The past week in the rice industry has been slow to say the least. There have been very few changes in most of the benchmark areas for analysis and those that did change generally moved downward.
The export sales report was expected to be rather low for the week. Given the time of year, the proximity of new crop, recent sales volumes, and the general malaise in the market it was somewhat predictable that the tonnage would be off. That being said, the 8,600 MT reported for the week was definitely below expectations.
A long term outlook might suggest that stronger numbers will be in the works, but with the aforementioned factors and the general down tick in the market, it does not seem likely that notable sales will be made in the next few weeks.
Vessel loadings were slightly better as compared to last week and given the low volume remaining to ship, could well be expected to decline again in the next report.
Asian pricing was off for the week in some of the key origins. Specifically, the Thai origin shed a significant amount of value over the past week. It is very likely that global politics and posturing is responsible for much of the move, although other regional and domestic factors cannot be ruled out.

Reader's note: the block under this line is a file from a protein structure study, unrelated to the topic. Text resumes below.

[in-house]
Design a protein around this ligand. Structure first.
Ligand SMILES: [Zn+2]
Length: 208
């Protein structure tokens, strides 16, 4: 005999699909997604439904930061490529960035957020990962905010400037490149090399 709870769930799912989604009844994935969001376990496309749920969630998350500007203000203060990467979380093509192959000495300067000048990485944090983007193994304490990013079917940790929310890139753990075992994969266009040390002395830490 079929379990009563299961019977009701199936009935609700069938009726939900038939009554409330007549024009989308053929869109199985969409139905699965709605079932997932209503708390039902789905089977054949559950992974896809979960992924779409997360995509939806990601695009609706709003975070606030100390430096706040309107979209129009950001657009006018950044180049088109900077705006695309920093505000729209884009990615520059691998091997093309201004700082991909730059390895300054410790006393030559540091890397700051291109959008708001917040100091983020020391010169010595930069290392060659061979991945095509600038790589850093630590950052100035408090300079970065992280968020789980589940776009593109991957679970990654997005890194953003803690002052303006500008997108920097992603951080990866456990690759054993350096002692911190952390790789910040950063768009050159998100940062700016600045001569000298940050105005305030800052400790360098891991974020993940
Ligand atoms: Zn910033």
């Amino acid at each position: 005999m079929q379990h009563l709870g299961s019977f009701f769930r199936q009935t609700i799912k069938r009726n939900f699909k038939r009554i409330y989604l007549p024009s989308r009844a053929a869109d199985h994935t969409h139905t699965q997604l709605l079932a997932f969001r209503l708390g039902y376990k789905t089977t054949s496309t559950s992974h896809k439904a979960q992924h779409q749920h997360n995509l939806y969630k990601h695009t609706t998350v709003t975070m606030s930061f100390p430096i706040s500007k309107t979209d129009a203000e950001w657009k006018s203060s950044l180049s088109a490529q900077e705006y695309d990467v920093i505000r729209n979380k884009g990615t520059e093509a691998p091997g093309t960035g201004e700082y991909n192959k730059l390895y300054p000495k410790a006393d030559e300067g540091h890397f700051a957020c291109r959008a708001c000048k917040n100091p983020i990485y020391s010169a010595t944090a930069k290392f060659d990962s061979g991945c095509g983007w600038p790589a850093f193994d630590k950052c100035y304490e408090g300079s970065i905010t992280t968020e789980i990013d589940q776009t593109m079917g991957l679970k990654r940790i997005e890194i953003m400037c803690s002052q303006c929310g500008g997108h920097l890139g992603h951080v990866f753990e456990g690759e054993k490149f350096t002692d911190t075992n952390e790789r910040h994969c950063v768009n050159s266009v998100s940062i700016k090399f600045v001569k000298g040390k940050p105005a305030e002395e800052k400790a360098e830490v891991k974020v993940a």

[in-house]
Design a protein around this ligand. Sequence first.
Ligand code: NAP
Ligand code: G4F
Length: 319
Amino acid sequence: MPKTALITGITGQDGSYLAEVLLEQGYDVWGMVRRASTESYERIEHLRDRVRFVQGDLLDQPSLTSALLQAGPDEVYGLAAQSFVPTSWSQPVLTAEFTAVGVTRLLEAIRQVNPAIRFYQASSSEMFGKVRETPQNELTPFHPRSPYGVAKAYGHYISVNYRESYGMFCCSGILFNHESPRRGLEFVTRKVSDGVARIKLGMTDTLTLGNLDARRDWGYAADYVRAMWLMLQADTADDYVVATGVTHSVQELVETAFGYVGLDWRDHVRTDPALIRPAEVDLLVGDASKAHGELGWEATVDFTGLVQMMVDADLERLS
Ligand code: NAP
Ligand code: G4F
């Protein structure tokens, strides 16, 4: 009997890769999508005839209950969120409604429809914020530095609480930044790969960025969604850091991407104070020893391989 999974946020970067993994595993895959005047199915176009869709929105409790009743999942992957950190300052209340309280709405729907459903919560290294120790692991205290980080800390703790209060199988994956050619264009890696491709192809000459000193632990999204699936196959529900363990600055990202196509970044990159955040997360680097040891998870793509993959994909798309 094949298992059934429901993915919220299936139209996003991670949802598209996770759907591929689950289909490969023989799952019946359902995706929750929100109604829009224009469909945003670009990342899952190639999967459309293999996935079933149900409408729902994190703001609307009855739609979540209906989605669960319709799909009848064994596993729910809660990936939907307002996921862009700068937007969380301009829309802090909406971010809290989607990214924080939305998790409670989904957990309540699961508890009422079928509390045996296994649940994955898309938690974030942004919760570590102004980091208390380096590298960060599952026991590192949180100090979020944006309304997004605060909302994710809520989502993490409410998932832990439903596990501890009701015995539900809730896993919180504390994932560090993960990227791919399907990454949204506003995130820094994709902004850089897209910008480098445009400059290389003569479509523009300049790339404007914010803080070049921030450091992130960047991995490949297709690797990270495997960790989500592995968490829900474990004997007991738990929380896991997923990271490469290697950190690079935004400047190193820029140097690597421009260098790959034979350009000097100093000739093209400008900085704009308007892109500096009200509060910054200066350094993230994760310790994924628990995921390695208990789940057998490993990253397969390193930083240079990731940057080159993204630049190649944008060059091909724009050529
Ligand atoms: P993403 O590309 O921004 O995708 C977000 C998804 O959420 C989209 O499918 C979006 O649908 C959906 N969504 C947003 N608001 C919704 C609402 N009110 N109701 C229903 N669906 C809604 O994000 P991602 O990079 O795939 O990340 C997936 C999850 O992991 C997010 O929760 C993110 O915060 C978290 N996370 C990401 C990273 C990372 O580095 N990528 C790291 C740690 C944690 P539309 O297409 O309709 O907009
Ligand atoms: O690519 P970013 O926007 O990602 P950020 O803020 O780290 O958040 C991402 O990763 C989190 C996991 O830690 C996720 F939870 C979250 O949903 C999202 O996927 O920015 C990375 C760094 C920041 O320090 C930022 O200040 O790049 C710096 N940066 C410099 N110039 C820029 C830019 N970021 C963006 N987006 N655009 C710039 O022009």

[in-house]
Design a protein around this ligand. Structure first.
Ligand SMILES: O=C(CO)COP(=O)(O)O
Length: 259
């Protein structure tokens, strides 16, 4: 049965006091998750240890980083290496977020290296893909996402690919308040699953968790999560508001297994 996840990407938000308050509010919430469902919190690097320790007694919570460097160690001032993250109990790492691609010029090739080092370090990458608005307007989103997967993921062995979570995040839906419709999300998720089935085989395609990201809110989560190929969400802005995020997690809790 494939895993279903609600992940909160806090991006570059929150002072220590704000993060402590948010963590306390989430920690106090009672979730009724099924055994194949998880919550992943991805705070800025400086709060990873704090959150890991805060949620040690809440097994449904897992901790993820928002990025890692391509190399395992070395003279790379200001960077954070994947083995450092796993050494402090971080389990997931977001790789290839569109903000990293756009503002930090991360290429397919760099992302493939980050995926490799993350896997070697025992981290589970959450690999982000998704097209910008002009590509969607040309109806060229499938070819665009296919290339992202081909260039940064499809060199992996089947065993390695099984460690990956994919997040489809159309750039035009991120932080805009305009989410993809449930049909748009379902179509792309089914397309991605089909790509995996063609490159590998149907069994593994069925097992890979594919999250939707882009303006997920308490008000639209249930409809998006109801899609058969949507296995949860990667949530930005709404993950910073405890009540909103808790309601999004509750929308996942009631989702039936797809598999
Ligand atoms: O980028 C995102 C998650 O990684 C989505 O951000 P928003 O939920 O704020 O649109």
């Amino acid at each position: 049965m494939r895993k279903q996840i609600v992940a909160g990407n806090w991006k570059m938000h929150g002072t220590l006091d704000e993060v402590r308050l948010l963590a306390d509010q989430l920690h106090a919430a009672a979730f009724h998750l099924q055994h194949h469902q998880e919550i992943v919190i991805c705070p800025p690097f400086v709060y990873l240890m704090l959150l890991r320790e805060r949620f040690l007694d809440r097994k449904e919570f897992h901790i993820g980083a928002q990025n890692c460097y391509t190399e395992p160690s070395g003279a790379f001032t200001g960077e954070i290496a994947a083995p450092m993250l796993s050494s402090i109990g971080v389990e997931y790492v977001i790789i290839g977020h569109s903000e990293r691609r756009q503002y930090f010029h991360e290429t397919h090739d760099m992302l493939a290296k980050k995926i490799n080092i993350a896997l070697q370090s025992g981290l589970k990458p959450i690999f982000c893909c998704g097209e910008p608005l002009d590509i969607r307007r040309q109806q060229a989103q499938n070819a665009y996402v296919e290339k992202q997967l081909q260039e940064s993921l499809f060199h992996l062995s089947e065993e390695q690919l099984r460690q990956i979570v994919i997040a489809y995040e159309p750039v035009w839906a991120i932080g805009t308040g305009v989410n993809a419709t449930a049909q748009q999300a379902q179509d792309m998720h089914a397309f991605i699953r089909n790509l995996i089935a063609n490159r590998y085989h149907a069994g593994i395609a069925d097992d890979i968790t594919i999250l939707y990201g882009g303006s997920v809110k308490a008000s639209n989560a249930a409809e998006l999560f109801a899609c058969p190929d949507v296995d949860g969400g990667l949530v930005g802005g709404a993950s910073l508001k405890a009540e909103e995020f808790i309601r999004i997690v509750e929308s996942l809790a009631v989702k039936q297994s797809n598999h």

The world market price from USDA for the week reflected the downward trend with a decrease over the values of the previous report for both long and medium/short grain classes of rice.
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The futures market had a bit of action this week as all of the open contracts traded generally negative throughout the week until a last minute rally put the bulls back in control. At Friday’s close, all of the open contracts on the board posted positive gains for the first time in several weeks. It is impossible at this time to suggest that a reversal is in the works but the spread between the futures and the cash markets would indicate that current levels are not sustainable.
In the local cash markets, the atmosphere is quiet from a bidding standpoint and apprehensive from the producers perspective. Crop conditions are progressing well in all areas according to reports and growers are anxious to get the new crop out of the field and into the bins.
The apprehension is mostly due to marketing questions revolving around which direction prices will go. As more information appears at the market, the pricing will become more clear but it will definitely be a while before any predictable volume of information will be available.